React.js with Django

So I've been doing a spike test with a project where I'm trying to use React.js to build a front-end to a Django application. The bulk of this application is basic Django forms, posts, page-loads, etc. but there's a number of complex views for scheduling, content uploading etc. As of now I think I'm willing to say that React is going to become part of my toolbox. There are definitely some issues that I gather Facebook has addressed in their "Flux" framework, but that seems to go a bit too far for me.

Things I wish had been in the tutorial:

  • You need to use a separate "storage" somewhere or you will go mad with passing around object references, callbacks, etc.
  • You do *not* want to embed ajax calls in your components, they should all be in storage operations
  • Your storage objects need to have ways to update the components that reference the data within them, this is basically a matter of doing a setState() on each component that is using the data within them (often only top-level views will need that registration, though any controls such as db-populated selects may need it as well)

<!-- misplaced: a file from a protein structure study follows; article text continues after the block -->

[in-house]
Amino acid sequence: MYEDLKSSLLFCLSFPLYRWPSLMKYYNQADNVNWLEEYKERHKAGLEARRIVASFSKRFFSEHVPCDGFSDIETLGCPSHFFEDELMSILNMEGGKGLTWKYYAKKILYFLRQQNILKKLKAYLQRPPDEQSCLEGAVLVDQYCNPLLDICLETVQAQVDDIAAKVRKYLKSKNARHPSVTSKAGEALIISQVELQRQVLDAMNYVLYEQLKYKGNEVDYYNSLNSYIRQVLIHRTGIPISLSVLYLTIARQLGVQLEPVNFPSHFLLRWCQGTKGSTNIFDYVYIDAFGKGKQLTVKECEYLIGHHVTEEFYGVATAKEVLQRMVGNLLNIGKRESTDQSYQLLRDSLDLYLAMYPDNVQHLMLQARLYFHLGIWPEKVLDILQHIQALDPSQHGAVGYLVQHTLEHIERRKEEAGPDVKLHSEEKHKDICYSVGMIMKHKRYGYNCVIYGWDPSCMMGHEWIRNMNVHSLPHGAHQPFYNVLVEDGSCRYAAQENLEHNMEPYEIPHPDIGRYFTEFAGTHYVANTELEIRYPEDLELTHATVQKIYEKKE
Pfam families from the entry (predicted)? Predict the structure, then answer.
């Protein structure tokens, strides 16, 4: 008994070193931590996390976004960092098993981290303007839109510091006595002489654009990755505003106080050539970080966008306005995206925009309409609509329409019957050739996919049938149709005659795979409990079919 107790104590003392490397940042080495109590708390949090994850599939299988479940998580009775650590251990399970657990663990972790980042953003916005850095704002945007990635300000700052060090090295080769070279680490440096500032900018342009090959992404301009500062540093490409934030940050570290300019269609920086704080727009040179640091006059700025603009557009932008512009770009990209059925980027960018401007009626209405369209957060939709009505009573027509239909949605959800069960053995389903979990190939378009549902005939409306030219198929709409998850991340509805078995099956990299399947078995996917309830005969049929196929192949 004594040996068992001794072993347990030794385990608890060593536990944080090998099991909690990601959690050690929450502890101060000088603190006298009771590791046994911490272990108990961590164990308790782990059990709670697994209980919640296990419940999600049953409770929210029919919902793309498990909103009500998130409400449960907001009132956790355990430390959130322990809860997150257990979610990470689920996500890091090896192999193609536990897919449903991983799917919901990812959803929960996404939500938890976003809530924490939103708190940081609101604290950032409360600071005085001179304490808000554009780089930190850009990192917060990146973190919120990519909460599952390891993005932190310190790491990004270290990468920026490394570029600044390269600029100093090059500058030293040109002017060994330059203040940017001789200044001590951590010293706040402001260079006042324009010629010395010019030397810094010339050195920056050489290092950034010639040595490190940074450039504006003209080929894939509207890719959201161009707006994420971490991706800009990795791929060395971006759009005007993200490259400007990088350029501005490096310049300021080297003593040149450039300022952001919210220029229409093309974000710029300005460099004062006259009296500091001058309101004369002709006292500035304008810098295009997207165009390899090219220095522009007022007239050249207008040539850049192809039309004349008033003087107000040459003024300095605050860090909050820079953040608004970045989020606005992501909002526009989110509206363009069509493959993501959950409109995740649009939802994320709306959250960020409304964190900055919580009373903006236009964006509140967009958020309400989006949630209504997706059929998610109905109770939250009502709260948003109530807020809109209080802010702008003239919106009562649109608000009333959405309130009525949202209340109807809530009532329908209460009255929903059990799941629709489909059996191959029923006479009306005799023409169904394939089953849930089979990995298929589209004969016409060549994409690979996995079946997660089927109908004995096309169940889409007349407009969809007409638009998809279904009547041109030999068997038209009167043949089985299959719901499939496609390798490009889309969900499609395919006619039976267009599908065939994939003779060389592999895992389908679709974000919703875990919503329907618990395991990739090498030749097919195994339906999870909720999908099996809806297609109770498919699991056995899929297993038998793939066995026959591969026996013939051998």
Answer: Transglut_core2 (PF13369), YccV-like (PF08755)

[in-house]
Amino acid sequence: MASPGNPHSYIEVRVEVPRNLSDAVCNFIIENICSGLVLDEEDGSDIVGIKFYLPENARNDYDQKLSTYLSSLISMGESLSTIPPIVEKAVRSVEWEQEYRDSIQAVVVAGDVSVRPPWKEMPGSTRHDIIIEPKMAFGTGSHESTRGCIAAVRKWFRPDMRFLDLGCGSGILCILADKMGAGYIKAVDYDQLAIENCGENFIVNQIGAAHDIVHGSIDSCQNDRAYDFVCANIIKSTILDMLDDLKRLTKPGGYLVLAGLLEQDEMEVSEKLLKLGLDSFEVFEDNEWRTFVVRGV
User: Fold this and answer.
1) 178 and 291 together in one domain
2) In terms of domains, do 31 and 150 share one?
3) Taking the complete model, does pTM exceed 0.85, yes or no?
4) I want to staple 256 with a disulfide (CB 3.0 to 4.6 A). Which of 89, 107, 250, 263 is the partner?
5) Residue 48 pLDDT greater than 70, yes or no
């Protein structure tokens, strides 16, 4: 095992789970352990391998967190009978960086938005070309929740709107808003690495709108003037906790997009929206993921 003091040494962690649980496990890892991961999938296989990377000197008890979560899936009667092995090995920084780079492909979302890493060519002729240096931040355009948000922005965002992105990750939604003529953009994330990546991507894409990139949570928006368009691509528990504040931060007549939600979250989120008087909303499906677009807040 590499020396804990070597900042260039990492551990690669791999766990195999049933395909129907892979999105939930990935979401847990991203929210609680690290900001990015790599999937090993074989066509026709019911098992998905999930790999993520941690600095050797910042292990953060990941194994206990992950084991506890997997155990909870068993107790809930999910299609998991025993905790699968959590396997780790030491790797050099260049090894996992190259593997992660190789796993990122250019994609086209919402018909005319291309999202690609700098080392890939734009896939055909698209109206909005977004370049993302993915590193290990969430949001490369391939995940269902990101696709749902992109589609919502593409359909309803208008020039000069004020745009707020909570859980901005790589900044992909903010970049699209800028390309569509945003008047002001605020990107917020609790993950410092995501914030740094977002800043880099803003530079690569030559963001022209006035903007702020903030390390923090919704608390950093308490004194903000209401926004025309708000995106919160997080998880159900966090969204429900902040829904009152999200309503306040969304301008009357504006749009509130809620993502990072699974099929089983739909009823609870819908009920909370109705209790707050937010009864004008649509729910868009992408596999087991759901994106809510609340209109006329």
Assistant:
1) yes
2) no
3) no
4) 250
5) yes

• Do not modify this.state directly, always call setState()
  • Component state is for "how am I currently displaying this control" (think sort order, filtering options, etc), it should *not* be used for model data AFAICS
  • You will be calling function(){ }.bind(this) a *lot*
  • There really are no built-in ways to make custom bubbling events, don't spend a day looking for them
  • Drag and drop can be done with standard HTML5, but it's not something that's integrated, and it's a bit of a PITA
  • Your components will likely want to use callbacks in props if you want them to be reusable, think "action on change" or "action on drop" rather than coding the component to directly update the target values; but premature reusability is an anti-pattern
  • If you want to use React.DOM directly instead of jsx transformations, the pattern is RD.div( properties, child, child, child,... ) and child can be RD.* or component instances created with ClassName( properties )
  • You can pass Django URLs on a specially designated HTML node (name it #url-conf or whatever) and use that to instantiate your storage object URL references (particularly for root storages, the things that provide the base object-set when a page is loaded)
  • There isn't, AFAICS, a clean, documented, way to refer to a React node (like a jquery .data() call) in such a way that you can get a reference to the component back from low-level HTML operations such as Drag and Drop

And that's about it. It's a nice-enough system so far, and the "just re-render it and we'll take care of actual DOM updates" promise does seem to bear out. The GUI is quite snappy-feeling and the separation of code between rendering and modelling is clean. Using React.DOM directly seems reasonable, though obviously most people are going to use the jsx transformations. I'm not blown away by it, but it is cleaner than the way I've been doing these views before, and it seems worth exploring futher.


Comments are closed.


Pingbacks are closed.